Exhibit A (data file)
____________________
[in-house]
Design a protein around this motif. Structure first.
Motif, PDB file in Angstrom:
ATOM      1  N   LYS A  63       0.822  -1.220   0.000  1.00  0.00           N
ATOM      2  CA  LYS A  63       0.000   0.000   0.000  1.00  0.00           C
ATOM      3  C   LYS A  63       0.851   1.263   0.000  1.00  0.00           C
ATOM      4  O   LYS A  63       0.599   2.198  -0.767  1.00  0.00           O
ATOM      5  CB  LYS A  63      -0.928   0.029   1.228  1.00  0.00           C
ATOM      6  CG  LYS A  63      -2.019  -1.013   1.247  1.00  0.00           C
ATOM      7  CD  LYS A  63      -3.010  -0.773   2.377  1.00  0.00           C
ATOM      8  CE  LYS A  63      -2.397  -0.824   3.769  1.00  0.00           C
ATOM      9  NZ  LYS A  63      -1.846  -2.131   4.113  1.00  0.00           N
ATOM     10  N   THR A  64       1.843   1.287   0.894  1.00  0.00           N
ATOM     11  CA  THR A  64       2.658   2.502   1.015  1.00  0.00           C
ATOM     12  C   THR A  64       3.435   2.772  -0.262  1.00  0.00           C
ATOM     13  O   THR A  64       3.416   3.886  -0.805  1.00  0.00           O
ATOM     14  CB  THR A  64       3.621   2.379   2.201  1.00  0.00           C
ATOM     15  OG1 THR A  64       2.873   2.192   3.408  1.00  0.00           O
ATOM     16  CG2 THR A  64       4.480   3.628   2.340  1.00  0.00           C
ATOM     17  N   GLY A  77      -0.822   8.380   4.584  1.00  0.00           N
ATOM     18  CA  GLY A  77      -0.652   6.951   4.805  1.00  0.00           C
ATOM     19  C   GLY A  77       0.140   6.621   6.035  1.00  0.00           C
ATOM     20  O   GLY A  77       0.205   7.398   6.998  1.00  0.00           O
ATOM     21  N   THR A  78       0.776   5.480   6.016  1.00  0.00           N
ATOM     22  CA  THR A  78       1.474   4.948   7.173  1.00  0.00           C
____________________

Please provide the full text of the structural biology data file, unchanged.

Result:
[in-house]
Design a protein around this motif. Structure first.
Motif, PDB file in Angstrom:
ATOM      1  N   LYS A  63       0.822  -1.220   0.000  1.00  0.00           N
ATOM      2  CA  LYS A  63       0.000   0.000   0.000  1.00  0.00           C
ATOM      3  C   LYS A  63       0.851   1.263   0.000  1.00  0.00           C
ATOM      4  O   LYS A  63       0.599   2.198  -0.767  1.00  0.00           O
ATOM      5  CB  LYS A  63      -0.928   0.029   1.228  1.00  0.00           C
ATOM      6  CG  LYS A  63      -2.019  -1.013   1.247  1.00  0.00           C
ATOM      7  CD  LYS A  63      -3.010  -0.773   2.377  1.00  0.00           C
ATOM      8  CE  LYS A  63      -2.397  -0.824   3.769  1.00  0.00           C
ATOM      9  NZ  LYS A  63      -1.846  -2.131   4.113  1.00  0.00           N
ATOM     10  N   THR A  64       1.843   1.287   0.894  1.00  0.00           N
ATOM     11  CA  THR A  64       2.658   2.502   1.015  1.00  0.00           C
ATOM     12  C   THR A  64       3.435   2.772  -0.262  1.00  0.00           C
ATOM     13  O   THR A  64       3.416   3.886  -0.805  1.00  0.00           O
ATOM     14  CB  THR A  64       3.621   2.379   2.201  1.00  0.00           C
ATOM     15  OG1 THR A  64       2.873   2.192   3.408  1.00  0.00           O
ATOM     16  CG2 THR A  64       4.480   3.628   2.340  1.00  0.00           C
ATOM     17  N   GLY A  77      -0.822   8.380   4.584  1.00  0.00           N
ATOM     18  CA  GLY A  77      -0.652   6.951   4.805  1.00  0.00           C
ATOM     19  C   GLY A  77       0.140   6.621   6.035  1.00  0.00           C
ATOM     20  O   GLY A  77       0.205   7.398   6.998  1.00  0.00           O
ATOM     21  N   THR A  78       0.776   5.480   6.016  1.00  0.00           N
ATOM     22  CA  THR A  78       1.474   4.948   7.173  1.00  0.00           C